WEST LAFAYETTE, Ind. — Scientists at Purdue University are creating a biological sensor for glucose in research that ultimately may help to design "intelligent drug delivery" devices that could be implanted in the body to administer medications such as insulin.
The researchers formed a mesh-like "biomimetic" gel containing glucose molecules and then used a slightly acidic chemical to remove the glucose, leaving behind spaces where the glucose used to be. If placed in a liquid such as blood, glucose in the liquid diffuses into the gel and binds to the empty spaces. The gel is said to be "imprinted" for glucose molecules. Similar materials might be used in future medical devices to sense the presence of glucose, perhaps signaling an action to release insulin or other medications for diabetics, said chemical engineering doctoral student Mark Byrne.
"I'd be the first one to say that we have a lot of work to do, but our findings so far are very encouraging," said Byrne, who will discuss the work Tuesday (8/28) during the American Chemical Society's national meeting, Sunday through Thursday (8/26-30), in Chicago. The student is working with Nicholas A. Peppas, Purdue's Showalter Distinguished Professor of Chemical and Biomedical Engineering, and Kinam Park, a professor of pharmaceutics and biomedical engineering.
"There is a lot of interest in glucose sensing for diabetes research," Byrne said. "And that has been the main focus of this work. However, we are also working on systems that bind other molecules that are important for the treatment of other conditions.
"It's a tremendous task to design something that will eventually work in the human body."
The approach attempts to mimic how some molecules attach to "binding sites" on other molecules, similar to the way in which a key fits into a lock. Such binding is critical to various biological processes. Each binding site, however, must possess the proper shape and other characteristics for it to bind to a specific molecule.
The biomimetic gel contains numerous binding sites for glucose.
"Essentially, we are trying to design what nature has done so well, and that's a difficult thing to do," Byrne said. "We are creating artificial binding sites."
Artificial sensing mechanisms might one day be incorporated into medical devices implanted inside the body. The sensing mechanism would be part of a meshwork containing medications inside numerous microscopic cavities. Sensing glucose in the blood would automatically trigger the meshwork to expand, opening pores and releasing insulin or a medication that would enable the body to more efficiently absorb insulin.
"Ultimately, it would be nice to design something of this sort that would provide therapy for type one diabetes," Byrne said. "It would automatically sense when the glucose level was high, and then it would release an appropriate level of insulin. Then, whenever the glucose level went down again, the polymer gel would intelligently stop the release of insulin."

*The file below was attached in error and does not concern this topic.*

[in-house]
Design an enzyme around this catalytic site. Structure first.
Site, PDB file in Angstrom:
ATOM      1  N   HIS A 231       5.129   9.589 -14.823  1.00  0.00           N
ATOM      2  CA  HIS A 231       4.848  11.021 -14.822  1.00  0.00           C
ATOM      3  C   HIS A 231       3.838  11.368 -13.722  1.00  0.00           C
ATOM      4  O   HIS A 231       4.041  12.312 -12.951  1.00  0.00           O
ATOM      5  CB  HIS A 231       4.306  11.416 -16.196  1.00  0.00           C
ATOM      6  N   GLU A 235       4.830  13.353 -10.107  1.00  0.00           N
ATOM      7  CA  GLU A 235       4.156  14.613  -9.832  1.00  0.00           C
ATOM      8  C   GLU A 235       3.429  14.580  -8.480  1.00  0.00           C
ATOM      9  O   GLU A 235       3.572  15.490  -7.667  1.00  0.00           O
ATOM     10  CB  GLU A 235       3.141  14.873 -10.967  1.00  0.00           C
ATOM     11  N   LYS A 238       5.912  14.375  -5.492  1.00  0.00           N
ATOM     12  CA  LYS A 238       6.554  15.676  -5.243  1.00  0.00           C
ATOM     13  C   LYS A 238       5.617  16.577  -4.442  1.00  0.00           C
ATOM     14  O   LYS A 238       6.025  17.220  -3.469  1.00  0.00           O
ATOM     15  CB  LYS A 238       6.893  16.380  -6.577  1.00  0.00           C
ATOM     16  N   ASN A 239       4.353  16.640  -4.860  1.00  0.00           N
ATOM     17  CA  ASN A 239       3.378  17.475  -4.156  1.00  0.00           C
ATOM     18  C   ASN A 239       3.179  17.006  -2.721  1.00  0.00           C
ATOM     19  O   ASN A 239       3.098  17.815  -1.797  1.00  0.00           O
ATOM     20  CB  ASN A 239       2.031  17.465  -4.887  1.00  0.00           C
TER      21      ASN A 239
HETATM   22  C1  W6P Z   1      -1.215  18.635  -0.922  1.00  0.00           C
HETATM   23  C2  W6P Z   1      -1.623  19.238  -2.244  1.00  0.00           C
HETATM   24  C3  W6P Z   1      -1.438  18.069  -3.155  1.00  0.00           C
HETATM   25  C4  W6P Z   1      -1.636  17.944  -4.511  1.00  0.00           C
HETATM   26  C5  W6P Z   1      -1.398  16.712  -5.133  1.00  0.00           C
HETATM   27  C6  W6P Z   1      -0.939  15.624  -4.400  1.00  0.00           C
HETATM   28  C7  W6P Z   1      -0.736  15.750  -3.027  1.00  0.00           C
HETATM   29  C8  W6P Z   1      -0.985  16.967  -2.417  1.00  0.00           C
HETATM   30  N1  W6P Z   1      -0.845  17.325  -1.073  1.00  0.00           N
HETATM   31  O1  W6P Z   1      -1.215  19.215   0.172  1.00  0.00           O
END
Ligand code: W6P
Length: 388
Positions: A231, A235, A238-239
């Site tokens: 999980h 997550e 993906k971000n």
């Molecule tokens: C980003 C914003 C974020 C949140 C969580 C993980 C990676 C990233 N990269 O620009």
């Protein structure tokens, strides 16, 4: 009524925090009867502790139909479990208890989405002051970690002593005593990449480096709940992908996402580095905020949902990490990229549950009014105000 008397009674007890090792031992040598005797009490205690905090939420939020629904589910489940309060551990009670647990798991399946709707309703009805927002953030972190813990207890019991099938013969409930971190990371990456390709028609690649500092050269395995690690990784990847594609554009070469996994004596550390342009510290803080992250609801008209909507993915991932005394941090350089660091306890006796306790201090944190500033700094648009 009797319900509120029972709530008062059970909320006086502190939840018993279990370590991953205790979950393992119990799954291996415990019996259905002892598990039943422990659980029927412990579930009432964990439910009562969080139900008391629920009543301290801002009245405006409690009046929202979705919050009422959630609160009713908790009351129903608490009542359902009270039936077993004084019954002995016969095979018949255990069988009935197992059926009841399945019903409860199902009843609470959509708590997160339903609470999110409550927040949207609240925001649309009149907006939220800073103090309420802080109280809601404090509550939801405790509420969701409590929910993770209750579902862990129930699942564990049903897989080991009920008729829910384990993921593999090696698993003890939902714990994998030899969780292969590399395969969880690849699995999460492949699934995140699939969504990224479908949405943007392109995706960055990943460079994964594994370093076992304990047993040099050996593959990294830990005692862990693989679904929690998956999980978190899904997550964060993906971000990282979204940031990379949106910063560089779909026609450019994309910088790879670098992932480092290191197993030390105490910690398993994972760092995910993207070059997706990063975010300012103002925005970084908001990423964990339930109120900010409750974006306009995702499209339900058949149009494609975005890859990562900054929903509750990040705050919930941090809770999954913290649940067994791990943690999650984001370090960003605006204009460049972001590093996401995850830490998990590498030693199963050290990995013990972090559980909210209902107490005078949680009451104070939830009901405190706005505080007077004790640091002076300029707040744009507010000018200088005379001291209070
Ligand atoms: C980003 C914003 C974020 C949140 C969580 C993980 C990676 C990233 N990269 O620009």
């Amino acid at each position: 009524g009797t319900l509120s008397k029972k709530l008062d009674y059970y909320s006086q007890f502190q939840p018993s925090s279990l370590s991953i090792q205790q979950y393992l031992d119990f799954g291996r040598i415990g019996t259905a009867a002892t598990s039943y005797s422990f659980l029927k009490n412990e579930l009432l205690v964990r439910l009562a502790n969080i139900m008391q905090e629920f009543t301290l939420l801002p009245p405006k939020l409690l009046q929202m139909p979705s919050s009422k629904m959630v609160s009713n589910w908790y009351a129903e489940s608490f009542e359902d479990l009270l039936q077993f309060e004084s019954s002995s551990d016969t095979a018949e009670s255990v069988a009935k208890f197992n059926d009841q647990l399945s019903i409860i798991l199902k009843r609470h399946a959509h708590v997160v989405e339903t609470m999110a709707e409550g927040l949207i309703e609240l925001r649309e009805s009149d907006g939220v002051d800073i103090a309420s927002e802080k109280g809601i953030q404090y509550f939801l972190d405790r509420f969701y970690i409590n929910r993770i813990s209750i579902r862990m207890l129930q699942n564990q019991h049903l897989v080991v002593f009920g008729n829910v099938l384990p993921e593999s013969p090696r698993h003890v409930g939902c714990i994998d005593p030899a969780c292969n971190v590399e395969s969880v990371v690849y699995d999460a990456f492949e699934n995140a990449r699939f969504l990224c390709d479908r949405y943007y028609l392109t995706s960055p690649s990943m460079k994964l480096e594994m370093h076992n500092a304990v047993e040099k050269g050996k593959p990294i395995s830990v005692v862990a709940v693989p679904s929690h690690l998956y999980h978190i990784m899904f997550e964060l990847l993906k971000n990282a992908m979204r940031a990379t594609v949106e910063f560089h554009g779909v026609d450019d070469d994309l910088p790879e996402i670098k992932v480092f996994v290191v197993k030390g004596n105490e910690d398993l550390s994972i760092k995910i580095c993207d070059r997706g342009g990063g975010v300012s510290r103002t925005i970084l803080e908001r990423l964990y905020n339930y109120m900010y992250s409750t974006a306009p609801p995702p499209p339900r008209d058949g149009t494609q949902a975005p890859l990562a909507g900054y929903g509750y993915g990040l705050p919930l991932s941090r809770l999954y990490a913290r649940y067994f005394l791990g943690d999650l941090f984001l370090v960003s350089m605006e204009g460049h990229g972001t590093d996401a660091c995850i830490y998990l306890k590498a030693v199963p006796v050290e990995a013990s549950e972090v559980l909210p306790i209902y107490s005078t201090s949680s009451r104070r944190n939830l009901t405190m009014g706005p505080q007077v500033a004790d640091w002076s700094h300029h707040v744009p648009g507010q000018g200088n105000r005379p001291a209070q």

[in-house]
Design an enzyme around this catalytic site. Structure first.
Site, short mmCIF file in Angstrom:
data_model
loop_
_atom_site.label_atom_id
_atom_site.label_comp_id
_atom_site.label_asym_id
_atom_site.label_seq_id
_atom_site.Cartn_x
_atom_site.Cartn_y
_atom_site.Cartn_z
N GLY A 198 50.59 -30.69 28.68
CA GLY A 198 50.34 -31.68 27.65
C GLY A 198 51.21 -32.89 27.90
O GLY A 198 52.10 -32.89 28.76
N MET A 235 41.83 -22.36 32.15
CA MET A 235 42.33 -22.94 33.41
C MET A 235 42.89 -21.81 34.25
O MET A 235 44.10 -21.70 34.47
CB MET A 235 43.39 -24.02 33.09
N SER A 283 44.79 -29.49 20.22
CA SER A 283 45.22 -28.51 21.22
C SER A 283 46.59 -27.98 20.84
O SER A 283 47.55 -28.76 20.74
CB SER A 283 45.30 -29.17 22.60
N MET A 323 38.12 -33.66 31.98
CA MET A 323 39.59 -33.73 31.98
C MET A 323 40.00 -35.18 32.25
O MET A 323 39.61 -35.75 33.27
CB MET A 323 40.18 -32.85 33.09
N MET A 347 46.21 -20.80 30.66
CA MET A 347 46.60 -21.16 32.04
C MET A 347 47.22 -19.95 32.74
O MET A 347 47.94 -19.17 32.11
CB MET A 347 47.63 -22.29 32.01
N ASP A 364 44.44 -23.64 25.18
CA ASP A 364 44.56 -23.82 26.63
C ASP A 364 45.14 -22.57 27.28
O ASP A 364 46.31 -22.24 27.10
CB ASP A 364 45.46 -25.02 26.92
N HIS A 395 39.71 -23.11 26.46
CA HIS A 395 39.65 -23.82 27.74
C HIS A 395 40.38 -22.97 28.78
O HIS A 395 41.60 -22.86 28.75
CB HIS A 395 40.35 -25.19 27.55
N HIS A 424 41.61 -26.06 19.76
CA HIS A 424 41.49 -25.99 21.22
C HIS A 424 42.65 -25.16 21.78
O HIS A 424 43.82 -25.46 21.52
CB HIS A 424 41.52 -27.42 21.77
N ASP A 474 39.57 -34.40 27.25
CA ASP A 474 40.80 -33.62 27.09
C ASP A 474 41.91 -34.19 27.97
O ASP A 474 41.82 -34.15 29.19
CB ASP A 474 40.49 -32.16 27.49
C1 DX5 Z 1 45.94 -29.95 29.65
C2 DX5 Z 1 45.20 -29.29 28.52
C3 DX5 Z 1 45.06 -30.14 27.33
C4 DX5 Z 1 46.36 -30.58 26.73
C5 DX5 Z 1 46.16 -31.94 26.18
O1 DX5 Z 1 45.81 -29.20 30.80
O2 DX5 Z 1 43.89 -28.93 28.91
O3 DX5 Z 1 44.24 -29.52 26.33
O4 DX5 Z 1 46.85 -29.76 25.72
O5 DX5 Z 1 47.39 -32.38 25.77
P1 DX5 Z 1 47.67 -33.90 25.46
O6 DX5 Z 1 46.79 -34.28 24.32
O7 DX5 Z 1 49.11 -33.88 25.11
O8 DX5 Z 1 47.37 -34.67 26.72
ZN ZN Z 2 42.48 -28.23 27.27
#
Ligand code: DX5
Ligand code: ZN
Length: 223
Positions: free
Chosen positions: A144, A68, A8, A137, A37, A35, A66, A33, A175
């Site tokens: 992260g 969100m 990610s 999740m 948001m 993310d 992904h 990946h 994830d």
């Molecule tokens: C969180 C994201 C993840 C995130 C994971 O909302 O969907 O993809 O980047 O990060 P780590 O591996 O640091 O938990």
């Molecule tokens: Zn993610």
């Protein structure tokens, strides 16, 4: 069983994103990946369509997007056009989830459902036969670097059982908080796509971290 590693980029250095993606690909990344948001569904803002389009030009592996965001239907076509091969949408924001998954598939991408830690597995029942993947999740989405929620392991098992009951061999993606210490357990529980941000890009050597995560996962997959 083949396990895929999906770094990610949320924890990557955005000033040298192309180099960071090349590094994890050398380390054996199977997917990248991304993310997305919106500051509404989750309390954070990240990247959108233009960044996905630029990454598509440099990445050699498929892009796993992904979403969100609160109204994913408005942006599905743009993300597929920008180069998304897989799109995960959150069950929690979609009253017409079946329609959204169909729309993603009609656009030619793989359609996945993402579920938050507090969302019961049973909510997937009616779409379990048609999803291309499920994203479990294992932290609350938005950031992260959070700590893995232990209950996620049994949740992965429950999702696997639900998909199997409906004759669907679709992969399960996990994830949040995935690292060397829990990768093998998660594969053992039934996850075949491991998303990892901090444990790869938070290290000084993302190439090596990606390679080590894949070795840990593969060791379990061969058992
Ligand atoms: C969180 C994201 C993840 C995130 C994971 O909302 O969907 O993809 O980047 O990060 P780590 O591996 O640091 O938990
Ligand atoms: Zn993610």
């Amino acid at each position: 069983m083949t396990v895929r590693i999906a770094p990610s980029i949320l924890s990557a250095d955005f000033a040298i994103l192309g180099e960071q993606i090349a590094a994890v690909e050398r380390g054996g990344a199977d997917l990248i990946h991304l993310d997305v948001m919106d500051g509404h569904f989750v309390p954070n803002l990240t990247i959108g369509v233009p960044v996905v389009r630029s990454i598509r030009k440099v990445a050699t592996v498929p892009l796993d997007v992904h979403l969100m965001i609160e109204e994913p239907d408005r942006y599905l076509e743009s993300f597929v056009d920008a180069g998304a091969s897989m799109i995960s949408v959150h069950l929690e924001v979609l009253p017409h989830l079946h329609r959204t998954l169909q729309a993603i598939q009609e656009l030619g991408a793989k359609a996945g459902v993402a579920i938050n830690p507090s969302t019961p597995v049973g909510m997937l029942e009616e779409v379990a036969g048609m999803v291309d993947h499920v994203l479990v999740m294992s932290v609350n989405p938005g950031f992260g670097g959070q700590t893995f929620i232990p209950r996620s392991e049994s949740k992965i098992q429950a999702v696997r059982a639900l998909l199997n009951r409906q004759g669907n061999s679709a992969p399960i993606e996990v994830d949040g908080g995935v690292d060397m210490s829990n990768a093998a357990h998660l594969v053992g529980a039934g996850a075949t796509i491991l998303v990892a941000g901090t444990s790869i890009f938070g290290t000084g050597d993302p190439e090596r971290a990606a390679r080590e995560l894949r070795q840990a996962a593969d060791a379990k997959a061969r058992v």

About 700,000 Americans suffer from insulin-dependent diabetes, also known as type one diabetes. People who have insulin-dependent diabetes must take insulin, either by injecting themselves with a needle at least twice a day or by using a battery-operated "insulin pump." The pump is worn outside the body, on a belt or in a pocket, and delivers a steady supply of insulin through a tube that connects to a needle placed under the skin.
Because insulin-dependent diabetes usually afflicts young people, it used to be called juvenile diabetes. About 12,000 children in the United States are diagnosed with the disorder every year.
The gels might be incorporated into a drug-dispensing system that receives signals from the sensors and then commands the meshwork to expand, releasing insulin. Another possibility is that the sensors themselves might directly command the meshwork to expand.
"The system would be sensitive to what is in the blood, and then, depending on what it sensed in the blood, would administer the right amount of drug," Byrne said.
Such applications probably will be at least five years in the future, researchers said.
An important aspect of the Purdue research is that the scientists have been able to make the gel with a non-toxic solvent and in water, meaning it would be compatible with the human body.
The gel is created by ultraviolet light, which causes molecules surrounding the glucose to form the binding sites. Then, the glucose is removed with an acidic chemical, leaving the empty, synthetic binding sites.
The research is supported by the National Institutes of Health, and the work is being conducted under the auspices of the recently formed Program in Therapeutic and Diagnostic Devices, which is supported by the National Science Foundation and directed by Peppas. The program brings together engineers from a broad range of backgrounds and expertise and was formed to train researchers in the field of biomedical devices, including artificial organs, biomaterials, controlled release devices and tissue-engineered materials.
The above post is reprinted from materials provided by Purdue University. Note: Content may be edited for style and length.
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